“Don’t give up the ship General or I shall not succeed you,” Vice President Martin Van Buren is shown saying as he clings to President Andrew Jackson’s coattails in an 1834 cartoon. Artist Henry Inman’s cocky likeness of Van Buren, the most skillful portrait in the exhibit, captures the shrewdness of the politician who was elected president in 1836.

Not all vice-presidential candidates were sure where the second highest office would lead them. “It is not a stepping stone to anything except oblivion,” Theodore Roosevelt said of the job.

The vice presidency didn’t tame the firebrand Rough Rider, who is sketched in his uniform by illustrator Charles Dana Gibson, the inventor of the Gibson girl and Gibson martini. When William McKinley was assassinated in 1901, Roosevelt became president and went on to be elected for a full term.

Other vice presidents who succeeded to the presidency weren’t as successful in their election bids. Represented by a daguerreotype portrait, Millard Fillmore became president in 1850 after Zachary Taylor died. He sought his Whig party’s nomination for president two years later but lost.

Chester Arthur, who became president in 1881 when James Garfield was shot, also didn’t get nominated as a candidate even though his civil service reforms were praised. In the exhibit, Arthur is portrayed with his signature sideburns in an early photograph of the era.

Modern photography takes over in the last gallery in portraits of the five post-World War II vice presidents who became presidents. Among several famous images by news photographer George Tames is a 1944 picture of Vice President Harry S. Truman and President Franklin Roosevelt at the breakfast table. In a photo taken a year later, Truman is president and attending Roosevelt’s funeral.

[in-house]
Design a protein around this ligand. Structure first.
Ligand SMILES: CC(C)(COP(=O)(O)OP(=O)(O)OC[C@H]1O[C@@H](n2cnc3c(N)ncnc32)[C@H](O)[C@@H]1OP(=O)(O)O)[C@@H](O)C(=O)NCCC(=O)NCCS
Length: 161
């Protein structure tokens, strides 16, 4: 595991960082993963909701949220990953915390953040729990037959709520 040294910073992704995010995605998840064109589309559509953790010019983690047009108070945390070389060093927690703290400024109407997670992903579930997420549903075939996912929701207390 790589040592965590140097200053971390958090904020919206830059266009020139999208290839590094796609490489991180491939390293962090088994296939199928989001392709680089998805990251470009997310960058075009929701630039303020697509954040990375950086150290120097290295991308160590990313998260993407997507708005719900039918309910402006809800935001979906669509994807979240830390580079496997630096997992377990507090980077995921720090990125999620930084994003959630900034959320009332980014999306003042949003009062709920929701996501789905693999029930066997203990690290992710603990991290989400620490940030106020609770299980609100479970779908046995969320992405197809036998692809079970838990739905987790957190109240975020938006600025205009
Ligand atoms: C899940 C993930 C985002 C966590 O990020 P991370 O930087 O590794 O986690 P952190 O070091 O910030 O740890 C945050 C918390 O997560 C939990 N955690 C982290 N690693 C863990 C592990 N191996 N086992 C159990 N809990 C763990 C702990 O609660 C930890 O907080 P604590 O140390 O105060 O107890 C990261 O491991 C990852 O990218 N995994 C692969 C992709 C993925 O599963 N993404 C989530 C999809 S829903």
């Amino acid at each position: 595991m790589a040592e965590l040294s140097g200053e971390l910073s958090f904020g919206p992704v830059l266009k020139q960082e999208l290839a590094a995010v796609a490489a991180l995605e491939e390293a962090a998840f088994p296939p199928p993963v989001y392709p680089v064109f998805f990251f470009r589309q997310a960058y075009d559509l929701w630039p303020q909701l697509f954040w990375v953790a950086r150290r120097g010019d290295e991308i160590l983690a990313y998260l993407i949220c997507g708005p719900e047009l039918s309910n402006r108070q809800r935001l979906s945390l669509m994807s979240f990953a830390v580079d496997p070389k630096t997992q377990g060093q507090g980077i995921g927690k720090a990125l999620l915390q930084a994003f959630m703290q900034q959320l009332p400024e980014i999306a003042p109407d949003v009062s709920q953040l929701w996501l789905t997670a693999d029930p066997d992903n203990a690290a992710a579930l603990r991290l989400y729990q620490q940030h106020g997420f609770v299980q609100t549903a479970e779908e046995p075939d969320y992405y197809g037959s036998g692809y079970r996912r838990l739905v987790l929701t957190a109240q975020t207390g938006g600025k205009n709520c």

One of the few paintings in this section, created by artist James Chapin for a cover of Time magazine, depicts a shadowy Mr. Nixon alongside President Eisenhower. As vice president, Mr. Nixon presided over Cabinet meetings in Mr. Eisenhower’s absence and temporarily took control of the executive branch when the president suffered a heart attack and a stroke.

This expanded role continued to grow under successive presidents, as briefly recalled by vice presidents Walter Mondale, George H.W. Bush, Dan Quayle and Dick Cheney on a video in the gallery.

Unfortunately, old-fashioned portraiture is used only sparingly in the exhibit to represent the vice presidents, but it doesn’t always reflect how they looked while in office. Mather Brown’s oil painting of John Adams was finished in 1788, while the future vice president was serving as a diplomat. Charles Willson Peale’s painting of Thomas Jefferson was completed when Jefferson was secretary of state during Washington’s administration.

Part of the reason why there aren’t more accurate portraits is that the National Portrait Gallery collects and commissions likenesses of presidents but not vice presidents. In celebrating the historical significance of the number two executive, this show makes a strong case for acquiring both.

WHAT: “Presidents in Waiting”

WHERE: National Portrait Gallery, Eighth and F streets Northwest

WHEN: 11:30 a.m. to 7 p.m. daily through Jan. 3, 2010


PHONE: 202/633-8300

WEB SITE: www.npg.si.edu